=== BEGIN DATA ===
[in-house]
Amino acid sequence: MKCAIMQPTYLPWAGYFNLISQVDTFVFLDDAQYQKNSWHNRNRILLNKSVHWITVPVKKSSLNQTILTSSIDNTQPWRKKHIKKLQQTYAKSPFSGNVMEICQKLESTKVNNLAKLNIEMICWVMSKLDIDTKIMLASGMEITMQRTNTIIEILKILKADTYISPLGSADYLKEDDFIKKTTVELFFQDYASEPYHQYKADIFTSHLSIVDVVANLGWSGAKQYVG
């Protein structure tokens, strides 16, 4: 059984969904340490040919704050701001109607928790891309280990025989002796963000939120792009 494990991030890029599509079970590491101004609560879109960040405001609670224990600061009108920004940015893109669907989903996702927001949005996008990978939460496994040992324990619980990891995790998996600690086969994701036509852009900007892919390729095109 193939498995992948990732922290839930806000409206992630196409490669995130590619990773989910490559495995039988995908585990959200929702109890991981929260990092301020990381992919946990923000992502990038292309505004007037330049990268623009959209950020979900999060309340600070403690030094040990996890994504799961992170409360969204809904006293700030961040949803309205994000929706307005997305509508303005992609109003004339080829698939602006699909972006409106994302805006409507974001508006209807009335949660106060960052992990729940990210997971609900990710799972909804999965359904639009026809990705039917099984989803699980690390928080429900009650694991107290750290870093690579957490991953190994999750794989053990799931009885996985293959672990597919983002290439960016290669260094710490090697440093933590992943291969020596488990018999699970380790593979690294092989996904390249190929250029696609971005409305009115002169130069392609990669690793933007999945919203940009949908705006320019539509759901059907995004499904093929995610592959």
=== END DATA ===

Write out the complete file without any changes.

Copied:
[in-house]
Amino acid sequence: MKCAIMQPTYLPWAGYFNLISQVDTFVFLDDAQYQKNSWHNRNRILLNKSVHWITVPVKKSSLNQTILTSSIDNTQPWRKKHIKKLQQTYAKSPFSGNVMEICQKLESTKVNNLAKLNIEMICWVMSKLDIDTKIMLASGMEITMQRTNTIIEILKILKADTYISPLGSADYLKEDDFIKKTTVELFFQDYASEPYHQYKADIFTSHLSIVDVVANLGWSGAKQYVG
């Protein structure tokens, strides 16, 4: 059984969904340490040919704050701001109607928790891309280990025989002796963000939120792009 494990991030890029599509079970590491101004609560879109960040405001609670224990600061009108920004940015893109669907989903996702927001949005996008990978939460496994040992324990619980990891995790998996600690086969994701036509852009900007892919390729095109 193939498995992948990732922290839930806000409206992630196409490669995130590619990773989910490559495995039988995908585990959200929702109890991981929260990092301020990381992919946990923000992502990038292309505004007037330049990268623009959209950020979900999060309340600070403690030094040990996890994504799961992170409360969204809904006293700030961040949803309205994000929706307005997305509508303005992609109003004339080829698939602006699909972006409106994302805006409507974001508006209807009335949660106060960052992990729940990210997971609900990710799972909804999965359904639009026809990705039917099984989803699980690390928080429900009650694991107290750290870093690579957490991953190994999750794989053990799931009885996985293959672990597919983002290439960016290669260094710490090697440093933590992943291969020596488990018999699970380790593979690294092989996904390249190929250029696609971005409305009115002169130069392609990669690793933007999945919203940009949908705006320019539509759901059907995004499904093929995610592959």